St. Clement Church
by: chicago designslinger
[St. Clement Church (1918) Barnett Haynes & Barnett, architects /Image & Artwork: chicago designslinger]
Between 1850 and 1900 so many people from the loosely defined confederation of states, duchies and kingdoms that we know today as Germany migrated to the city of Chicago, that by the turn of the 20th century one in four Chicagoans had either arrived in the city from that Northern European region, or had a parent who had done so. Germans outnumbered the second largest ethnic group, the Irish, by two-to-one.
[St. Clement Church, 642 W. Deming Place, Chicago /Image & Artwork: chicago designslinger]
With those kinds of numbers German immigrants and their children could be found in clusters all around the city, but a large majority settled on Chicago's north side. And like many of their fellow migrants, the German speaking settlers organized religious institutions in their common language neighborhoods, both Roman Catholic and Protestant. If you came from the northern states of the Germanic empire you were mostly likely a follower of Luther, while to the south you followed the doctrines set by the Pope in Rome. One of the first Catholic parishes in Chicago, St. Joseph's, was organized by north side German dwellers in 1846, followed soon thereafter by St. Michael's in 1852.
[St. Clement Church, Arlington - Deming Historic District /Image & Artwork: chicago designslinger]
Adam Kasper's parents left their home in southern Germany in the late 1830s, came to America in search of a better life, and settled in Indiana. But by the time Adam turned 16 in 1858, he'd decided, like his parents before him, better opportunities were going to be found elsewhere. So the ambitious teenager packed his bags and headed to the emerging metropolis of Chicago to seek his fortune. After a career working his way up the ladder and establishing himself in the city's multi-million-dollar generating wholesale grocery industry, A.J. Kasper & Co. became one of the city's more successful coffee, tea and spice wholesale concerns. By the mid-1890s, and with his financial success secured, this father of five sons and four daughters moved his family from their home on Ridge Avenue in Evanston and into a much larger single family dwelling in the city. Deming Place was lined with large houses on generous lots owned by a number of successful businessmen with German sounding surnames, so the Kasper's fit right in. After a few years in the neighborhood, Kasper got some of his fellow German Catholic neighbors together and decided that the time had come to build a church closer to home. It was quite a trek down to the German speaking parish of St. Michael's, and although the German led masses at St. Alphonsus were a little nearer, Kasper and his neighbors Frank Ehlen and Louis Hugel decided to petition the Catholic archbishop James Quigley and ask to establish a parish in their neck of the woods. It was the last of the German Catholic identified churches to be established in the city.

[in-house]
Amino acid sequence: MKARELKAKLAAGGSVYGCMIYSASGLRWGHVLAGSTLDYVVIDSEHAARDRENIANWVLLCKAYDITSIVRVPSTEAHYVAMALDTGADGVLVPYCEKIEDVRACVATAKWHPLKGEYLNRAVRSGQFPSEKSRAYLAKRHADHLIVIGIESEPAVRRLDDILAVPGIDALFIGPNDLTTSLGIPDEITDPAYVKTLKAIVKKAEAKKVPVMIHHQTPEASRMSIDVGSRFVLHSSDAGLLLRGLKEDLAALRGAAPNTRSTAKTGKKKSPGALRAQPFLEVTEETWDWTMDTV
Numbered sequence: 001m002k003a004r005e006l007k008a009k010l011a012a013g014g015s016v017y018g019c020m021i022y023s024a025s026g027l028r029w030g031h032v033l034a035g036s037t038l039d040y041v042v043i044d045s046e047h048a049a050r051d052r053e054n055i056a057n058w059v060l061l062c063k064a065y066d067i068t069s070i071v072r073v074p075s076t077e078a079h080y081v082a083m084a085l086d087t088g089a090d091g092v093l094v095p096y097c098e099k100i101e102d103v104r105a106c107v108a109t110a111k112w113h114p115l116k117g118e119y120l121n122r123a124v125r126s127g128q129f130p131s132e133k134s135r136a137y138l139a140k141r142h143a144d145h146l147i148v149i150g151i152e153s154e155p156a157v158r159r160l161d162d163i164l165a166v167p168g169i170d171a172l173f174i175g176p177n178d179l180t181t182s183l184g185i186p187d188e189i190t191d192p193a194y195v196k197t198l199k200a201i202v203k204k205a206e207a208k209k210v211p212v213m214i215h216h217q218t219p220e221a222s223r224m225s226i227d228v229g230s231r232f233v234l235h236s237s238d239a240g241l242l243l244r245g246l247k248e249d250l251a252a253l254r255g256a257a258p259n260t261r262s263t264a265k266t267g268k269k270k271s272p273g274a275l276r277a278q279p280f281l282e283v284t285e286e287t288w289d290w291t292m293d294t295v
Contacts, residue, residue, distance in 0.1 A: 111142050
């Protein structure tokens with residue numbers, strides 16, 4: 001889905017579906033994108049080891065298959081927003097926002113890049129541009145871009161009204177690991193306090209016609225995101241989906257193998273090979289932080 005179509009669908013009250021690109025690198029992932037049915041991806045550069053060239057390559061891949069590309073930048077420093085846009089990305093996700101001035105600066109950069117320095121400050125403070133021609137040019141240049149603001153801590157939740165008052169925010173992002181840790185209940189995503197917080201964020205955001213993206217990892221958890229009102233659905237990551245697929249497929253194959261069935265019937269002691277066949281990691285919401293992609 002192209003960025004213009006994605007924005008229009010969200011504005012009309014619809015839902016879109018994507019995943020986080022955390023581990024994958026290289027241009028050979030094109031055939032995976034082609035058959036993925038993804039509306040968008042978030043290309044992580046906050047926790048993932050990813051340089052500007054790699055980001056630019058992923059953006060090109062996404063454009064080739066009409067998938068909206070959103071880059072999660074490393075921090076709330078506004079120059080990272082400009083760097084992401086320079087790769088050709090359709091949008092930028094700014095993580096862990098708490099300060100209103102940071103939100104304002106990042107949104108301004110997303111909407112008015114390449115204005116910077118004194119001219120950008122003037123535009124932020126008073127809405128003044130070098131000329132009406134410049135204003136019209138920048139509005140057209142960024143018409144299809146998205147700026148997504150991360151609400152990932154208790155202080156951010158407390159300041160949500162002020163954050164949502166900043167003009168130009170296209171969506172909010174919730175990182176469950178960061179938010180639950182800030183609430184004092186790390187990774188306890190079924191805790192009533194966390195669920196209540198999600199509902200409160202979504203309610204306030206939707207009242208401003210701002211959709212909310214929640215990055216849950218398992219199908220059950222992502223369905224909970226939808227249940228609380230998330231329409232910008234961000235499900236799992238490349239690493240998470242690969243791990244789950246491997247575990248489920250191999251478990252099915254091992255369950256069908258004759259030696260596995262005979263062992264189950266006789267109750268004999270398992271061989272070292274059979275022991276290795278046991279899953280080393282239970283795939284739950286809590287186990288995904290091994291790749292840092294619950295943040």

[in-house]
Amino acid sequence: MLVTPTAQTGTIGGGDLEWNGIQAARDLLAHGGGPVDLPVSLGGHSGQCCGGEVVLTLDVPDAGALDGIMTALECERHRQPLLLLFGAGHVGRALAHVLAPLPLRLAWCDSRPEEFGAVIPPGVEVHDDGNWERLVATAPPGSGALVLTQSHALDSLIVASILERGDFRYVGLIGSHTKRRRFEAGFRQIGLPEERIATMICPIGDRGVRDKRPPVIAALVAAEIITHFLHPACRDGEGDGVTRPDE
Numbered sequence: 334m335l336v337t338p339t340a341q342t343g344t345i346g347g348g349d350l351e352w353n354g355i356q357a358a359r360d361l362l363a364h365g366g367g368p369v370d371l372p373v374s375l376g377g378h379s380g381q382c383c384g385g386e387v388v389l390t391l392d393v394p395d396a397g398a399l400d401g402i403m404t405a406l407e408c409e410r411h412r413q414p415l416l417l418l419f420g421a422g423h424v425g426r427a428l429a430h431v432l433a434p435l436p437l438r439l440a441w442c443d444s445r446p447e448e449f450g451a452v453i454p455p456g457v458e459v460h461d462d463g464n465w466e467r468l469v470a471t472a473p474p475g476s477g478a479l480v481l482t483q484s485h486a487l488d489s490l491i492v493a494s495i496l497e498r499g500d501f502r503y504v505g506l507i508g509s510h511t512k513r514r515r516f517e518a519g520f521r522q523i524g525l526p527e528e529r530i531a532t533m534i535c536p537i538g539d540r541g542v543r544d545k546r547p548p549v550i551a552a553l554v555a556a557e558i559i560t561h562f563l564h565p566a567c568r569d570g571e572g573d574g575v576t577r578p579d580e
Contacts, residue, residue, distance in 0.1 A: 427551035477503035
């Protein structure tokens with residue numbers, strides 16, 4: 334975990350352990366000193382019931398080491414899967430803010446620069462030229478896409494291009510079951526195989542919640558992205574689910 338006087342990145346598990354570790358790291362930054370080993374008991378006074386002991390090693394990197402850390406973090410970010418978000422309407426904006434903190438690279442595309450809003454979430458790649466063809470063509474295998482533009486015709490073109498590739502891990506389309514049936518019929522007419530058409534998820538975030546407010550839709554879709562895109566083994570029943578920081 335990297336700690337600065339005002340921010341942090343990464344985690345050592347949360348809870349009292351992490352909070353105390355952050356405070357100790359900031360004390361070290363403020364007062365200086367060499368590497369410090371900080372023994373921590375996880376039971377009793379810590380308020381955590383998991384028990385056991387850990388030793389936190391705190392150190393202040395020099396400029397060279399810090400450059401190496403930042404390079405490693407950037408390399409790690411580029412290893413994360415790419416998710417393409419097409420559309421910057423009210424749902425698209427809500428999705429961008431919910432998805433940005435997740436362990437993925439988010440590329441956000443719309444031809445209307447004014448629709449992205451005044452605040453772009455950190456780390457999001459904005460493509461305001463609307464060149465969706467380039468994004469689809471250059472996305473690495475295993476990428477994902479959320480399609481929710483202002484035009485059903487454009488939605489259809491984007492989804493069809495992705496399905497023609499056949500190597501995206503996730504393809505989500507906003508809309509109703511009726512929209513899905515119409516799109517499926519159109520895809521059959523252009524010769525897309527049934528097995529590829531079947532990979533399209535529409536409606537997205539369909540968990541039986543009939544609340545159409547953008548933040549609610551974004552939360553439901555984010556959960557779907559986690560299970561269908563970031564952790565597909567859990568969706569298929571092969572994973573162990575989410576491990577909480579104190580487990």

[St. Clement Church, Deming Place, Chicago /Image & Artwork: chicago designslinger]
Quigley gave the okay, and in 1905 appointed 30-year-old Francis A. Rempe as pastor while Kasper started rasing the funds needed to build a school and church building. For the next 10 years the parishioners of St. Clement worshipped in a space tucked inside the school building. In 1915 Kasper put into motion plans to build a free-standing church edifice across the street from the school/church building on the corner of Deming Place and Orchard Street, and just a half a block from his own home. With seed money in hand, Rempe chose the architectural firm of Barnett Haynes & Barnett to design a house of worship along the lines of the Roman Catholic cathedral in St. Louis which the designers had recently completed. Work got underway in the summer of 1917, and the cornerstone was laid that September.
[St. Clement Church, Lake View, Chicago /Image & Artwork: chicago designslinger]
One year later on September 8, 1918 the new Byzantine-inspired St. Clement Church was dedicated by Chicago's new archbishop George Mundelein - who on his father's side was of German descent. Now Kasper could stroll down Deming Place to Chicago's most spectacular example of early Christian architecture. The financially successful wholesaler tuned the business over to his sons the following year, and days after celebrating his 50th wedding anniversary on September 8, 1924 Kasper collapsed on the fairway of the Edgewater Golf Club and died of a heart attack at age 72. His wake was held in the living room of his home and his coffin was carried down the street to St. Clement for a funeral mass. Because of his efforts and his never-ending financial support the church's rose window was dedicated in his name. The Kapser home no longer stands on Deming, but his fellow founder Frank Eheln's small frame cottage still stands over on Burling Street, and Louis Hugel's handsome two-story greystone can still be found on nearby Wrightwood Avenue.